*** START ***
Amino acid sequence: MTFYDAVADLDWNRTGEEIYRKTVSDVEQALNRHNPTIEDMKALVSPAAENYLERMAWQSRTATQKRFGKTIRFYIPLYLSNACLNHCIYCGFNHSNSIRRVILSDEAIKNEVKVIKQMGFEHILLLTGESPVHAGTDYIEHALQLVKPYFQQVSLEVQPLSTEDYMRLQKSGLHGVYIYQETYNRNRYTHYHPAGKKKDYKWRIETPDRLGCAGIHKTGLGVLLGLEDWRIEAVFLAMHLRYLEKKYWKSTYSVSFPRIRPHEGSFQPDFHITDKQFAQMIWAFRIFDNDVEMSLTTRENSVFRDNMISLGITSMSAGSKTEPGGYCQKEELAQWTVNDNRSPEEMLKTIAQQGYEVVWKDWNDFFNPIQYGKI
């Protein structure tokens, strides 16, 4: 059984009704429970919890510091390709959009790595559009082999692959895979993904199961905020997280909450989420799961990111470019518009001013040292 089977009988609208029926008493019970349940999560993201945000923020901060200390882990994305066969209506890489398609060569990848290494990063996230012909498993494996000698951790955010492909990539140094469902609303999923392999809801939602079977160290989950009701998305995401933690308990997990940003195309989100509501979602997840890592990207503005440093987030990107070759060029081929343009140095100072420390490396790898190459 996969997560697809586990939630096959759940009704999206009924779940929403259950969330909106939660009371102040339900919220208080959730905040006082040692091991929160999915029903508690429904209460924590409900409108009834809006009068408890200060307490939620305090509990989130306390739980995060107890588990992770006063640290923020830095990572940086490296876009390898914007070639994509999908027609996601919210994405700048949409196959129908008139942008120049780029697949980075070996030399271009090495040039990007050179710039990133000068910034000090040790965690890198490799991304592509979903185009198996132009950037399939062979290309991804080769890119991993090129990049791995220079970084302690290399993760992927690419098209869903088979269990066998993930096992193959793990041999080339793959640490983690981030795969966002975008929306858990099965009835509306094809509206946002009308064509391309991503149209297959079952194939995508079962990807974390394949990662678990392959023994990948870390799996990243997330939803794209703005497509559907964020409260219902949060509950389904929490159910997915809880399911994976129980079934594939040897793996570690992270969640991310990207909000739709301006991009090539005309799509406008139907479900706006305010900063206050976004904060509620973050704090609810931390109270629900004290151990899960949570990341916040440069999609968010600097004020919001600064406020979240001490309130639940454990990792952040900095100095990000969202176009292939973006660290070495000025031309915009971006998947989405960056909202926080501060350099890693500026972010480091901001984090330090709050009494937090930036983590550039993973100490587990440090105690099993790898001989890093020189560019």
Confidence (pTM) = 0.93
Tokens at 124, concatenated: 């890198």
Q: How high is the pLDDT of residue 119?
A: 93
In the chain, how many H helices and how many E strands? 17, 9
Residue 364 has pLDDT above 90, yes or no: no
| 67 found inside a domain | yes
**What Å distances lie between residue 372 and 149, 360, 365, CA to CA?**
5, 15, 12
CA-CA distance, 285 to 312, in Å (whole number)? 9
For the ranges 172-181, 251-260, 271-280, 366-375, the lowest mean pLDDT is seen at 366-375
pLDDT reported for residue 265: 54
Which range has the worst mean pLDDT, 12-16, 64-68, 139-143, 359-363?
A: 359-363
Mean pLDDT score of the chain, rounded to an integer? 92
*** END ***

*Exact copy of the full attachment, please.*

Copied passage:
Amino acid sequence: MTFYDAVADLDWNRTGEEIYRKTVSDVEQALNRHNPTIEDMKALVSPAAENYLERMAWQSRTATQKRFGKTIRFYIPLYLSNACLNHCIYCGFNHSNSIRRVILSDEAIKNEVKVIKQMGFEHILLLTGESPVHAGTDYIEHALQLVKPYFQQVSLEVQPLSTEDYMRLQKSGLHGVYIYQETYNRNRYTHYHPAGKKKDYKWRIETPDRLGCAGIHKTGLGVLLGLEDWRIEAVFLAMHLRYLEKKYWKSTYSVSFPRIRPHEGSFQPDFHITDKQFAQMIWAFRIFDNDVEMSLTTRENSVFRDNMISLGITSMSAGSKTEPGGYCQKEELAQWTVNDNRSPEEMLKTIAQQGYEVVWKDWNDFFNPIQYGKI
């Protein structure tokens, strides 16, 4: 059984009704429970919890510091390709959009790595559009082999692959895979993904199961905020997280909450989420799961990111470019518009001013040292 089977009988609208029926008493019970349940999560993201945000923020901060200390882990994305066969209506890489398609060569990848290494990063996230012909498993494996000698951790955010492909990539140094469902609303999923392999809801939602079977160290989950009701998305995401933690308990997990940003195309989100509501979602997840890592990207503005440093987030990107070759060029081929343009140095100072420390490396790898190459 996969997560697809586990939630096959759940009704999206009924779940929403259950969330909106939660009371102040339900919220208080959730905040006082040692091991929160999915029903508690429904209460924590409900409108009834809006009068408890200060307490939620305090509990989130306390739980995060107890588990992770006063640290923020830095990572940086490296876009390898914007070639994509999908027609996601919210994405700048949409196959129908008139942008120049780029697949980075070996030399271009090495040039990007050179710039990133000068910034000090040790965690890198490799991304592509979903185009198996132009950037399939062979290309991804080769890119991993090129990049791995220079970084302690290399993760992927690419098209869903088979269990066998993930096992193959793990041999080339793959640490983690981030795969966002975008929306858990099965009835509306094809509206946002009308064509391309991503149209297959079952194939995508079962990807974390394949990662678990392959023994990948870390799996990243997330939803794209703005497509559907964020409260219902949060509950389904929490159910997915809880399911994976129980079934594939040897793996570690992270969640991310990207909000739709301006991009090539005309799509406008139907479900706006305010900063206050976004904060509620973050704090609810931390109270629900004290151990899960949570990341916040440069999609968010600097004020919001600064406020979240001490309130639940454990990792952040900095100095990000969202176009292939973006660290070495000025031309915009971006998947989405960056909202926080501060350099890693500026972010480091901001984090330090709050009494937090930036983590550039993973100490587990440090105690099993790898001989890093020189560019």
Confidence (pTM) = 0.93
Tokens at 124, concatenated: 């890198």
Q: How high is the pLDDT of residue 119?
A: 93
In the chain, how many H helices and how many E strands? 17, 9
Residue 364 has pLDDT above 90, yes or no: no
| 67 found inside a domain | yes
**What Å distances lie between residue 372 and 149, 360, 365, CA to CA?**
5, 15, 12
CA-CA distance, 285 to 312, in Å (whole number)? 9
For the ranges 172-181, 251-260, 271-280, 366-375, the lowest mean pLDDT is seen at 366-375
pLDDT reported for residue 265: 54
Which range has the worst mean pLDDT, 12-16, 64-68, 139-143, 359-363?
A: 359-363
Mean pLDDT score of the chain, rounded to an integer? 92